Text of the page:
the Board of Revenue (L.R.) dated 22.9.1971 in the Revision Petitions

filed by the plaintiff and defendant No.1 against the dismissal of their

respective appeals by the District Collector who confirmed the

dismissal of their applications for registry by the Tahsildar concerned.

The authority which passed Ext.B1 order stated thus:

“These revision petition relates to the

registry of 11 acres 66 cents of kandukrishy

Land in Sy.Nos.212/2, 210/6A, 211/2A, 213/1A

and 210/5 of Chinnemkari Village in Thandaper

Nol.51/23 standing in the name of one

Thomman Jacob. The land was originally

kandukrishy pattom in tenure. But it was

subsequently released and Shri Thomman

S.A. No.361 of 2001
-: 33 :-

Jacob, the present Thandaper holder bid the

same in auction in the year 1115 M.E. The

lease was granted to the auction purchaser from

24.4.1115 M.E. Patta was also issued to him as

per the rules then inn force and he became the

Thandaper holder. Shri Thomman Jacob sold his

right over the property to Shri Mathai Mathew as

per sale deed No.784 dated 11.7.1955. But the

Thandaper was not changed. Shri Mathai

Mathew executed an otti deed No.282/1957 in

favour of an Ouseph Ouseph chirakkal,

Pallithanathu, Parippanadi on 5.4.1957. Otti

right of Ouseph Joseph who subsequently

purchased by Shri Kesava Kurup Rama Chandra

Kurup, the first Revision Petitioner as per otti

transfer deed No.687 of 1963. Shri Kesava

Kurup Ramachandra Kurup is also in possession

of puravaypa ( ) deed executed in

his favour by Shri Mathai Mathew on 27.6.1963.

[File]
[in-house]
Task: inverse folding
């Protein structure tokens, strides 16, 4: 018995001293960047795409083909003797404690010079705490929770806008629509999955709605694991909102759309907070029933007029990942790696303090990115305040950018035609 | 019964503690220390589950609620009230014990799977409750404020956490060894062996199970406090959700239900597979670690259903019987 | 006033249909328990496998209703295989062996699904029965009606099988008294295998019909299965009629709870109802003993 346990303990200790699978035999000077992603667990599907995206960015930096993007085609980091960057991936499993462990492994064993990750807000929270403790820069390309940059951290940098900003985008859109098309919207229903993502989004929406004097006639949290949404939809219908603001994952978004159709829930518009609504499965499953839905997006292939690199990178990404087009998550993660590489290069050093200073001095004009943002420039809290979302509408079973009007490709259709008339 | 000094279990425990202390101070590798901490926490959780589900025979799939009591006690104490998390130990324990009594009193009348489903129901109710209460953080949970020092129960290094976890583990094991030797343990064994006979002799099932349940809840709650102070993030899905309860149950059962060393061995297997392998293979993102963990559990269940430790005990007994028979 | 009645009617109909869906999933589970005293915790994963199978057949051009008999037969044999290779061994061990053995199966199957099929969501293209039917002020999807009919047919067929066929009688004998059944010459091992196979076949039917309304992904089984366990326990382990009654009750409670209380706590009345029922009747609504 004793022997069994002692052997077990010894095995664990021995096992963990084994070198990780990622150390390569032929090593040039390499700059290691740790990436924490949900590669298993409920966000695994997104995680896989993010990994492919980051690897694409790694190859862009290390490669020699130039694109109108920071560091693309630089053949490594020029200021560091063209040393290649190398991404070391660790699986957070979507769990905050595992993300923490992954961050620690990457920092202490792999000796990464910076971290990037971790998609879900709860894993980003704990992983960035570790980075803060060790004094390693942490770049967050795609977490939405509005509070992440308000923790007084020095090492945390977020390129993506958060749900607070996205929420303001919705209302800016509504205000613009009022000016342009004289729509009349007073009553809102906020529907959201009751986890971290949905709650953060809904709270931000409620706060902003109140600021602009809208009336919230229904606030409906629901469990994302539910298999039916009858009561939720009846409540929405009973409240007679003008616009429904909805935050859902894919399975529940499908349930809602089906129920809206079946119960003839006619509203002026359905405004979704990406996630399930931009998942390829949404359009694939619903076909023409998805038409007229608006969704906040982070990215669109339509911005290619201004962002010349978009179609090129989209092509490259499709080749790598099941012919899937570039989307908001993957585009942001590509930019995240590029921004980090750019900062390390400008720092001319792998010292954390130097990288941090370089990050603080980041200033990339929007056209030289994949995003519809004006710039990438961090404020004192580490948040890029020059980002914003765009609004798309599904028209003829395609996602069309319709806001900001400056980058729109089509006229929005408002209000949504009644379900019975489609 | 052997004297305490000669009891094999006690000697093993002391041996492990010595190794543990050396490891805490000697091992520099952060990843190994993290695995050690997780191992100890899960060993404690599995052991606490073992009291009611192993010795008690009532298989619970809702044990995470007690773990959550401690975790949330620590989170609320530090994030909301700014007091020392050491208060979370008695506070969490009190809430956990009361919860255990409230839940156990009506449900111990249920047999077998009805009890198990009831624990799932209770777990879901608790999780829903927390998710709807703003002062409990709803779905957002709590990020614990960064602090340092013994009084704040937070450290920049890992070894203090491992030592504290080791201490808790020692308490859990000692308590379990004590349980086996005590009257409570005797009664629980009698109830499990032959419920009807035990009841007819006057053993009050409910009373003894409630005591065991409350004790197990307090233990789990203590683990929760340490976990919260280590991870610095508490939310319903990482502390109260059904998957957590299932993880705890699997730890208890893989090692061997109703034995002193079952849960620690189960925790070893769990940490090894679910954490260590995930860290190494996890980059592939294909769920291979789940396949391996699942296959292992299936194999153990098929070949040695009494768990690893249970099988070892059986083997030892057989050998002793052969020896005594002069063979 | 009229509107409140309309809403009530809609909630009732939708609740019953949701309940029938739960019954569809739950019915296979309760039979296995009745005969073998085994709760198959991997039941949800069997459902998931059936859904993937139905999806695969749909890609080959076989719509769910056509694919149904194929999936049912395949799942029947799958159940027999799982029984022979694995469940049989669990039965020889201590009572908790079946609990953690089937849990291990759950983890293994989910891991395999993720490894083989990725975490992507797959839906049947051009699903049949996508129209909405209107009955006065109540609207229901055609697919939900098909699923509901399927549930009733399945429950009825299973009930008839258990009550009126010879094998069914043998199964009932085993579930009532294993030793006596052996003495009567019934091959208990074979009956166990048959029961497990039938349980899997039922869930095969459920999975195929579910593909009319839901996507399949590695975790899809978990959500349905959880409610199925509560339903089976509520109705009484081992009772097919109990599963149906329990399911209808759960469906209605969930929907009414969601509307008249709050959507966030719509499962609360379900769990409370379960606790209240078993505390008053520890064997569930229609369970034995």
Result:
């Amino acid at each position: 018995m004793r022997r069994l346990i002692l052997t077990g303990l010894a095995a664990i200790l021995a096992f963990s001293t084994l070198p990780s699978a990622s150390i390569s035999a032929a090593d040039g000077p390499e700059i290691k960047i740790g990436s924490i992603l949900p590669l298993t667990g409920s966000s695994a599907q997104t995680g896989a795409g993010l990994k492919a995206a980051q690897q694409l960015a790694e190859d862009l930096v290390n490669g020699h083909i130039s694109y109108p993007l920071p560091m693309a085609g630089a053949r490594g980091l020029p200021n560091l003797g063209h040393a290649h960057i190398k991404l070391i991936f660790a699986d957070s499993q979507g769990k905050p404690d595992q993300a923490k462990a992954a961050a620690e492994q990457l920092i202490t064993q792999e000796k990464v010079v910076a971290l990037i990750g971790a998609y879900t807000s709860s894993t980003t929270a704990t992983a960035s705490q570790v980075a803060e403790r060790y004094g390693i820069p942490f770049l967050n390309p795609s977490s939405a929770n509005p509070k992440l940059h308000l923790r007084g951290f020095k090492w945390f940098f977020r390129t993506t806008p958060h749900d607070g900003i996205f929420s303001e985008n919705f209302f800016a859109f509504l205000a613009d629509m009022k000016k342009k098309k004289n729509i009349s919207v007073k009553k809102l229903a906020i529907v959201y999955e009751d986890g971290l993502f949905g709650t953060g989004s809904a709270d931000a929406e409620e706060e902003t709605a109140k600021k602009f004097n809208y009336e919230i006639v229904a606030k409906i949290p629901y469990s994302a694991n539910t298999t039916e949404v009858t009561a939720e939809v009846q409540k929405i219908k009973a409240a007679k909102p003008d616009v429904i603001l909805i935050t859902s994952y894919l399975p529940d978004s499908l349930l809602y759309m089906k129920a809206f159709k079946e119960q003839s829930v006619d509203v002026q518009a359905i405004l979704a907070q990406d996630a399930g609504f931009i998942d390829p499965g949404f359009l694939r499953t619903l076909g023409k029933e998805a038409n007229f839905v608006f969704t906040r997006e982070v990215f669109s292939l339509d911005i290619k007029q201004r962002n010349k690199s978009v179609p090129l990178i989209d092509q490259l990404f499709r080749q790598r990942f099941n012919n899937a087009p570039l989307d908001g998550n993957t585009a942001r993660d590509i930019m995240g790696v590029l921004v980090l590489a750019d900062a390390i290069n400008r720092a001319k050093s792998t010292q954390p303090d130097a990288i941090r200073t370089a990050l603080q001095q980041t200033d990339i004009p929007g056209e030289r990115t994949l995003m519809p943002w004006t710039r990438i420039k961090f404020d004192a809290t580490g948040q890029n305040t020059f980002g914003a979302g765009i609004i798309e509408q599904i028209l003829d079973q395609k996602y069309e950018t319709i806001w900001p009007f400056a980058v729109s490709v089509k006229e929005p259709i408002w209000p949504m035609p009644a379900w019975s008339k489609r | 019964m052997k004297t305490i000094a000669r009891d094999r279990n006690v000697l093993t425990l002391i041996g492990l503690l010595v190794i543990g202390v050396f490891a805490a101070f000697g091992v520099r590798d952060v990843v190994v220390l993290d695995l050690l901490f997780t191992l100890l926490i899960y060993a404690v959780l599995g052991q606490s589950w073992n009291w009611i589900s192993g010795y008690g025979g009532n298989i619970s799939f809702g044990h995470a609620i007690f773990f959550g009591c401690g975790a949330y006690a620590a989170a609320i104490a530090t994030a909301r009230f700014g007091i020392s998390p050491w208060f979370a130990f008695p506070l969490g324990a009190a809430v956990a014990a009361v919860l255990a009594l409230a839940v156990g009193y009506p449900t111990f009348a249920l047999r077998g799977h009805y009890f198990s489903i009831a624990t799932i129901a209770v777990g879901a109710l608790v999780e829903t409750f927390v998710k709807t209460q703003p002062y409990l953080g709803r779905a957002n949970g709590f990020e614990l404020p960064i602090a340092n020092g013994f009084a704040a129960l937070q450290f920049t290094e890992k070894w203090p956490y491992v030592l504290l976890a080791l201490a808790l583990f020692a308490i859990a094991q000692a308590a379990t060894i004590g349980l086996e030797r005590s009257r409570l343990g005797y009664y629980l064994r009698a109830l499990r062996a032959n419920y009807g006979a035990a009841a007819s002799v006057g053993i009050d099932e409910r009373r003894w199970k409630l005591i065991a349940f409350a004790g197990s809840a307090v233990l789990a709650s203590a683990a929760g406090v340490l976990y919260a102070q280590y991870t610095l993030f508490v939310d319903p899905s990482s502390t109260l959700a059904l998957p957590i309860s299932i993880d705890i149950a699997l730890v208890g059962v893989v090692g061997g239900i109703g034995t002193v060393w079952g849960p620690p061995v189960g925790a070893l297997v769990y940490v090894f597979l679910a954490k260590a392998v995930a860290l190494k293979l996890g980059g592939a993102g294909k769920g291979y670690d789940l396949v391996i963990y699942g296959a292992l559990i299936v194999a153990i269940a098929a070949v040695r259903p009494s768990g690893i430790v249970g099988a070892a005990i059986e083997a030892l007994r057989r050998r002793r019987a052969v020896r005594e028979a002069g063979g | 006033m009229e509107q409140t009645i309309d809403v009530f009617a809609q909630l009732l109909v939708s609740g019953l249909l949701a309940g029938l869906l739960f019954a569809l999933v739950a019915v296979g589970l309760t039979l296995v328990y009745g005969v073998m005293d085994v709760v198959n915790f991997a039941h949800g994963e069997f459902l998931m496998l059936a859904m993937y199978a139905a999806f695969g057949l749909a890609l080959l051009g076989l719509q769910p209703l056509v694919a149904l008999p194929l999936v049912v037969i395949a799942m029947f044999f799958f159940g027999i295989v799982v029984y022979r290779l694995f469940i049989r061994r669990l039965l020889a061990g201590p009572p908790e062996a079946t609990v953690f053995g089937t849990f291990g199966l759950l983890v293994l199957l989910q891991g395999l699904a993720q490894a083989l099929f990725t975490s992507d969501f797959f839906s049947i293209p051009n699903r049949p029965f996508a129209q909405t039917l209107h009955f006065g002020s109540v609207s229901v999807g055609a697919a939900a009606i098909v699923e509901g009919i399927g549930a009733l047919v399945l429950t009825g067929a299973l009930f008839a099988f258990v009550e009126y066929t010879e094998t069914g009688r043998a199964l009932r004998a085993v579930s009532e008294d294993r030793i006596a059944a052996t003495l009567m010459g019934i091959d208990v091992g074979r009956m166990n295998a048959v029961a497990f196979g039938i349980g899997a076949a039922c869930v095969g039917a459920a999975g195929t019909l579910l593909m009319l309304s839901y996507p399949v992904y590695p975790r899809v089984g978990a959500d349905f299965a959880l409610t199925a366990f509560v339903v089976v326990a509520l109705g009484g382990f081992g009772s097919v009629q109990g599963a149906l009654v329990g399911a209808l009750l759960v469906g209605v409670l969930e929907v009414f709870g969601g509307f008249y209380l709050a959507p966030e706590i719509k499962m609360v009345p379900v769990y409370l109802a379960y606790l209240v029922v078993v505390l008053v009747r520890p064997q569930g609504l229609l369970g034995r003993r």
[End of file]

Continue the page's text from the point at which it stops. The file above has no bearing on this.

The case came up for hearing on

24.8.1970. Both parties were present through

Advocates. No doubt the lands involved in this

case are Thanathu lands as the lands were sold

in public auction to Thomman Jacob and

subsequently patta was granted to him. By

virtue of the documents, viz., Otti deed and the

puravaypa deed Shri Ramachandra Kurup is

entitled for the registry of the land in his favour.

S.A. No.361 of 2001
-: 34 :-

The Collector rejected his request only on the

ground that the registry in his name is not

possible as Shri Ramachandra Kurup got full

right only after 1.10.1957 and therefore the

registry is not possible according to rule 6(2) of

the Kandukrishy Land Assignment Rules. But

the rule has since been amended as per

Government Notification No.27255/No.3/69/LRD

dated 16.7.1970 as a result of the judgment of

the High Court of Kerala in O.P.No.38/66.

Therefore, Shri Ramachandra Kurup is entitled

to the registry of the land in his name. The

Collector’s order No.Kandkukrishy Assignment

20/65 dated 31.10.66 is set aside”

(underline supplied)

No doubt, plaintiff had objected to the grant of registry in the name of

defendant No.1. But going through Ext.B1 it is pertinent to note that

defendant No.1 was not claiming any right adverse to the plaintiff even

in the matter of registry. Instead, he was relying on the mortgage

as well as the puravaypa in his favour to support his claim for

registry. That was recognised by the Board of Revenue and going by

Ext.B1 it would appear that the lower authorities rejected the claim of

defendant No.1 for registry for the mere reason that as per Rule 6(2)

of the Rules as it stood then, defendant No.1 should have got